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Oak: The Frame of Civilization Hardcover – July 11, 2005


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Product Details

  • Hardcover: 320 pages
  • Publisher: W. W. Norton & Company; y First printing edition (July 11, 2005)
  • Language: English
  • ISBN-10: 0393047733
  • ISBN-13: 978-0393047738
  • Product Dimensions: 1.1 x 6.5 x 8.4 inches
  • Shipping Weight: 1 pounds
  • Average Customer Review: 4.6 out of 5 stars  See all reviews (30 customer reviews)
  • Amazon Best Sellers Rank: #1,004,000 in Books (See Top 100 in Books)

Editorial Reviews

From Publishers Weekly

There's good reason for the oak being called mighty, writes certified arborist and former New York Times columnist Logan (Dirt: The Ecstatic Skin of the Earth) in this sprawling biography of a tree. It's ubiquitous, highly adaptable and was once the most essential tree in the Earth's temperate zones. Easily harvested acorns arguably nurtured people long before they learned to sow and hunt. Oak lumber, readily available and remarkably flexible, once made possible the naval and trading ships of seafaring nations; the same wood, shaped by craftsmen using fundamentally the same tools for thousands of years, was used to craft casks that stored water, wine and food on long voyages and through the seasons. Now, the tree that, according to Logan, once shaped civilizations, providing all "the material necessities for human life," is used primarily in the Western world for wooden pallets and low-end flooring. With this multidisciplinary study's recipe for acorn bread, its paean to the currier's leather-making craft and the cooper's barrel-making skill, and its thumbnail forays into religious rites, natural science and the importance of squirrels and jays, this work is an entertaining and instructive homage to the oak. 30 illus. not seen by PW.(June)
Copyright © Reed Business Information, a division of Reed Elsevier Inc. All rights reserved.

From Booklist

The oak is referred to as both mighty and majestic, used in everything from furniture to food, and found in nearly every temperate region of the earth. It's contribution to and sustenance of cultures since the dawn of humanity is easily, and often erroneously, taken for granted. Other trees, Logan claims, may be older, taller, more imposing, but none are so essential or so impressive as the oak. In this eloquent exploration of all things oak, Logan traces the historical applications and appreciations of the many ways in which the oak's byproducts have shaped civilizations throughout the world. From Homo sapiens' earliest harvesting of acorns as a basic foodstuff to the durable oak ships of the intrepid armadas that circumnavigated the globe, oak has been a vital contributor to humanity's economic, geographic, and cultural evolution. With an unabashed enthusiasm for his subject, Logan speaks almost conversationally of the oak's attributes, offering a comprehensive and entertaining history of this highly adaptable and overwhelmingly valuable natural resource. Carol Haggas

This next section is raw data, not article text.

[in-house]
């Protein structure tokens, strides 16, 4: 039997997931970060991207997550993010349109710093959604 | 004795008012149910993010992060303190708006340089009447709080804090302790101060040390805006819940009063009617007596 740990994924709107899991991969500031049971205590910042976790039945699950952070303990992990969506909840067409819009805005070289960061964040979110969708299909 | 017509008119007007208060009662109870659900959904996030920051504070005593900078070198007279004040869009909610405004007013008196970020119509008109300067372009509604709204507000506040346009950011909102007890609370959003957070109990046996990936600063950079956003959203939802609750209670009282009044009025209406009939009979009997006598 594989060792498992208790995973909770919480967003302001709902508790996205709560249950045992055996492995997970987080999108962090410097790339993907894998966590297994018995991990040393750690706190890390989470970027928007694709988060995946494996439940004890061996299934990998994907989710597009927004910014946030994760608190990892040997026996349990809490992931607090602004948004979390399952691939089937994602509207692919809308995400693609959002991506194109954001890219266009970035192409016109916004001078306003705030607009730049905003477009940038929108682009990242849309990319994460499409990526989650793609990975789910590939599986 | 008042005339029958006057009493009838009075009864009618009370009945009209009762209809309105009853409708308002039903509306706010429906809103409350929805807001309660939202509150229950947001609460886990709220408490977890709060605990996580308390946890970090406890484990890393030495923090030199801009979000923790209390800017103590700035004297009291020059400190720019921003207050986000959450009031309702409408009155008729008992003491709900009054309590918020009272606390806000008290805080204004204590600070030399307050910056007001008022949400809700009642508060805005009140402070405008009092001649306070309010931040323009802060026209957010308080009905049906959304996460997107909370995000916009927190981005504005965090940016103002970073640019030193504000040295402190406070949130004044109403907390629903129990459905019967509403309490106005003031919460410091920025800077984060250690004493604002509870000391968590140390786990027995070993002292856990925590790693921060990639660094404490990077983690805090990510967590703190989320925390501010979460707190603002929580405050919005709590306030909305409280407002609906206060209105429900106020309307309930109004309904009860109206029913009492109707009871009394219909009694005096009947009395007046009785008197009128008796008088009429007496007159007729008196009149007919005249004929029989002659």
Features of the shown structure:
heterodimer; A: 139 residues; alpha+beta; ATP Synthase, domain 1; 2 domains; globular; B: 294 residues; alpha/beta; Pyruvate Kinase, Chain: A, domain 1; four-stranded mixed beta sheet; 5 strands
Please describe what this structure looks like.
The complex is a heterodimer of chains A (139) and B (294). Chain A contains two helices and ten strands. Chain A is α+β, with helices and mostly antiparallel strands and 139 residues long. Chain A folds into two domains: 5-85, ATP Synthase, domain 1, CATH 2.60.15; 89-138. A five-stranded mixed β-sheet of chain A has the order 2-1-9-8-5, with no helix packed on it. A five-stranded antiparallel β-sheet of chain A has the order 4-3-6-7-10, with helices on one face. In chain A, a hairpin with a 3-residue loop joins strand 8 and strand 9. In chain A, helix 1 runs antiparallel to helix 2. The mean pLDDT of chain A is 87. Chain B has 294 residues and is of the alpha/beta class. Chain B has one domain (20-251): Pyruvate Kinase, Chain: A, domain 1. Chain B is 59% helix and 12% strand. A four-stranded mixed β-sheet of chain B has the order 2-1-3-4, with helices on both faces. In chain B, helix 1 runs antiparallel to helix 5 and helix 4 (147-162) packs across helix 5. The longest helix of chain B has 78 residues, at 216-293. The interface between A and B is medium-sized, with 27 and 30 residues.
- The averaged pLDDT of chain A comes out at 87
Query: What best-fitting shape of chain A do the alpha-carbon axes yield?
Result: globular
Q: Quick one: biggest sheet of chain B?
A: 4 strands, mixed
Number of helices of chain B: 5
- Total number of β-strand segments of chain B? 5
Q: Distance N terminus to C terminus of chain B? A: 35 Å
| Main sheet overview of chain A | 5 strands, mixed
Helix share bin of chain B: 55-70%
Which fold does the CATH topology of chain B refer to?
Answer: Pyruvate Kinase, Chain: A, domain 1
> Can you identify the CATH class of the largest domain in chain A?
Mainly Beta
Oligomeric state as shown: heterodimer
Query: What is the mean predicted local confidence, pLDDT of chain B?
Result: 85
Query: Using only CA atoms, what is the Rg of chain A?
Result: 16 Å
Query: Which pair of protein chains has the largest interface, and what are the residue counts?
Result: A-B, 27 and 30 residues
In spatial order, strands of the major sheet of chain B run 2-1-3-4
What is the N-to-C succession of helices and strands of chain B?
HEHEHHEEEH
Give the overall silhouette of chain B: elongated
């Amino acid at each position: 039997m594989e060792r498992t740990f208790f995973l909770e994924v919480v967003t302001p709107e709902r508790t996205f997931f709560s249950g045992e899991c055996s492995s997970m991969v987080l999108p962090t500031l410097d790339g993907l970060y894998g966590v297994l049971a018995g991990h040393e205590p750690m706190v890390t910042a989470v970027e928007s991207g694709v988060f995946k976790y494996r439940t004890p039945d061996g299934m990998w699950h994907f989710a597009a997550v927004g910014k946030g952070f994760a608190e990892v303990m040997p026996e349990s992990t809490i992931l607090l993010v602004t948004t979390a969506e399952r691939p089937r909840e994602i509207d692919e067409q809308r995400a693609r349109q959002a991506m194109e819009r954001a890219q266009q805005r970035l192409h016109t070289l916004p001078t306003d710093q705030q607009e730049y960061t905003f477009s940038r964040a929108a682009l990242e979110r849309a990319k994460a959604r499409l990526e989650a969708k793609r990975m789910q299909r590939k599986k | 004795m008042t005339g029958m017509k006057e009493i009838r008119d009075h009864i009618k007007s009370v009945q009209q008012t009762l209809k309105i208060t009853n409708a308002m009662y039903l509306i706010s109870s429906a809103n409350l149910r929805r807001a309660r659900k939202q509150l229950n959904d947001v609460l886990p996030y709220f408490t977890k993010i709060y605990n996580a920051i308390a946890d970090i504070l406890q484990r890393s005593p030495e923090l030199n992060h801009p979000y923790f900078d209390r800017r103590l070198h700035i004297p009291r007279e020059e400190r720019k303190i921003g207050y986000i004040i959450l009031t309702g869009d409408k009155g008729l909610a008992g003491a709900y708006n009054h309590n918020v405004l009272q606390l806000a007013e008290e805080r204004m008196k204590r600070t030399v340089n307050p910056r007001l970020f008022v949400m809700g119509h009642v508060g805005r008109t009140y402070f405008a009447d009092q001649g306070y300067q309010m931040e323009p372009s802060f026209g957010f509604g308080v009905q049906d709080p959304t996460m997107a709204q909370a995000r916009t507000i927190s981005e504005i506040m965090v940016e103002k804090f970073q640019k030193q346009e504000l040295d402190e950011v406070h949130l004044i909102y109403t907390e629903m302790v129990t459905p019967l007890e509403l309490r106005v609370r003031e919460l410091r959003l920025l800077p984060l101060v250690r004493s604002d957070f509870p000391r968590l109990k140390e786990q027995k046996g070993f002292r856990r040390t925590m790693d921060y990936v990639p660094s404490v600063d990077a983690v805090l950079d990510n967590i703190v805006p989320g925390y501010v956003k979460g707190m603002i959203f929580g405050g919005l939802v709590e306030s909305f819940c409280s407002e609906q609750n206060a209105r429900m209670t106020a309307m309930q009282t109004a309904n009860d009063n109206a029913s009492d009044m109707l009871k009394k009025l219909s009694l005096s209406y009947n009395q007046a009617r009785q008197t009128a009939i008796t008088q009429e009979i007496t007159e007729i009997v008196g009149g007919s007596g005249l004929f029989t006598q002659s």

Copyright © American Library Association. All rights reserved

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Customer Reviews

4.6 out of 5 stars
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See all 30 customer reviews
I read this book in a single day.
M. Buisman
The author is to be commended for doing as much work as he did and for making sure the book was well printed.
Ol' Grumpy
There's fascinating history, interesting anecdotes and the passion of the author to recommend this book.
Edward Matty

Most Helpful Customer Reviews

20 of 21 people found the following review helpful By A Reader on May 5, 2006
Format: Hardcover